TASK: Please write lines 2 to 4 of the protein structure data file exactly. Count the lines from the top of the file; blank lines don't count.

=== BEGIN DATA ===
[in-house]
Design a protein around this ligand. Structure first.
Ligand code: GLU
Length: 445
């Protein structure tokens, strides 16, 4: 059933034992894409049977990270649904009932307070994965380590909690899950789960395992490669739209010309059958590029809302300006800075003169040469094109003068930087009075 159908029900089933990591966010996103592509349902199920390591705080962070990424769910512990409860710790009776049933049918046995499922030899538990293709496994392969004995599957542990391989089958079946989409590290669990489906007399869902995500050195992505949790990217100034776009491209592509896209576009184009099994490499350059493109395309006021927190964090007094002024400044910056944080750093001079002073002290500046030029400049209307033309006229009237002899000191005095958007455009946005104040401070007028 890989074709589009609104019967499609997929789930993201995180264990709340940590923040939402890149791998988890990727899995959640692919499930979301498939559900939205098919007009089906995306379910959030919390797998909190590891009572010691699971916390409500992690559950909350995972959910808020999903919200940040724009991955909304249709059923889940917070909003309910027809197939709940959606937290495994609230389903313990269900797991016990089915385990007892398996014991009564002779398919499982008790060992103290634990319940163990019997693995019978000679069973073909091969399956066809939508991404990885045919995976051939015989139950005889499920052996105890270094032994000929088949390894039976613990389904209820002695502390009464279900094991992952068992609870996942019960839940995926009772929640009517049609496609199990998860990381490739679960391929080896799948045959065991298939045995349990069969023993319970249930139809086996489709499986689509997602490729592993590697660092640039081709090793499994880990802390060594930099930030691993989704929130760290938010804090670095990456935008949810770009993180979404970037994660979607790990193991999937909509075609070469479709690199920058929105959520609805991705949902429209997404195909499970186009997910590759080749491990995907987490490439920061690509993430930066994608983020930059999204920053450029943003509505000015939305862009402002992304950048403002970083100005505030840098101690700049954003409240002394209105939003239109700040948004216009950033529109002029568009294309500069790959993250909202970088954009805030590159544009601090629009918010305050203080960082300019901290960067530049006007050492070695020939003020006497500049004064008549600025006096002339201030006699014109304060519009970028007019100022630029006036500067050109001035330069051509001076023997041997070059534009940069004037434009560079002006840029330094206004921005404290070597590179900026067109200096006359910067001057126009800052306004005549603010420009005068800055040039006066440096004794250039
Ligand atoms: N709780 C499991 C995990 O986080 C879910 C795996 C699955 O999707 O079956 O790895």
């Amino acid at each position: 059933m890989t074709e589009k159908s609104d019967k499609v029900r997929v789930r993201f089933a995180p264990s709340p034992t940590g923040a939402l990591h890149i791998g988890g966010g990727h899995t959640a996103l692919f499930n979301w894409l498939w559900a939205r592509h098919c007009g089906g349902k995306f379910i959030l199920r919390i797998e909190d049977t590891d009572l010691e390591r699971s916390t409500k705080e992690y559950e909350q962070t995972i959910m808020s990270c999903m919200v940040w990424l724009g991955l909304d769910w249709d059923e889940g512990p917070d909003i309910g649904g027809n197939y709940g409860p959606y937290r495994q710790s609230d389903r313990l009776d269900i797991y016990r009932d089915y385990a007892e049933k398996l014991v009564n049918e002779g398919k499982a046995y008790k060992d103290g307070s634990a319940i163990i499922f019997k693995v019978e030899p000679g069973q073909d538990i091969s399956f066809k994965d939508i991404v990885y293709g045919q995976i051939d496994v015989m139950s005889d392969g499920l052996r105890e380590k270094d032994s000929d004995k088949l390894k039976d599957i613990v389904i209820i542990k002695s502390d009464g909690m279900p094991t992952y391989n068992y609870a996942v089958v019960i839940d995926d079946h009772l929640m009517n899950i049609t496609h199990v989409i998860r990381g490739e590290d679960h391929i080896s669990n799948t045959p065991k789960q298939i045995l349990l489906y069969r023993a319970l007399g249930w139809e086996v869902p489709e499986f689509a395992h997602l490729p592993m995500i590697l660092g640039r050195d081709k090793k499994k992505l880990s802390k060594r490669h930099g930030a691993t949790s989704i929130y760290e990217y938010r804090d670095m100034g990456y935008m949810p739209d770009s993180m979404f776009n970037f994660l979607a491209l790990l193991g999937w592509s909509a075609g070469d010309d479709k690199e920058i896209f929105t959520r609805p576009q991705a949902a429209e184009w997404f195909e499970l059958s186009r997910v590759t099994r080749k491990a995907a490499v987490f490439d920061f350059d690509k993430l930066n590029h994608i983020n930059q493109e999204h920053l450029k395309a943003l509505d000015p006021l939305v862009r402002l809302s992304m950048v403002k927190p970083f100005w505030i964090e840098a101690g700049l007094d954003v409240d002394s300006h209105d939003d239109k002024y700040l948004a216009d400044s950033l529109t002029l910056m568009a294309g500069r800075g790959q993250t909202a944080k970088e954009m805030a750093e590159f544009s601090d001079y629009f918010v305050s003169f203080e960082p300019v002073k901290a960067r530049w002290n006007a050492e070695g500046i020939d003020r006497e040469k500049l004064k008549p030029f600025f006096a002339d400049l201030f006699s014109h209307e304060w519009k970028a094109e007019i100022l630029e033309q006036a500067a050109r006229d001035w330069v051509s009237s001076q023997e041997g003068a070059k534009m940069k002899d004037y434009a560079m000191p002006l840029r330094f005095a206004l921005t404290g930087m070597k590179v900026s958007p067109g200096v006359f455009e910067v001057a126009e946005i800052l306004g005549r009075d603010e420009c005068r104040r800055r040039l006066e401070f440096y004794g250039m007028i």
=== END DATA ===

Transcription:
Design a protein around this ligand. Structure first.
Ligand code: GLU
Length: 445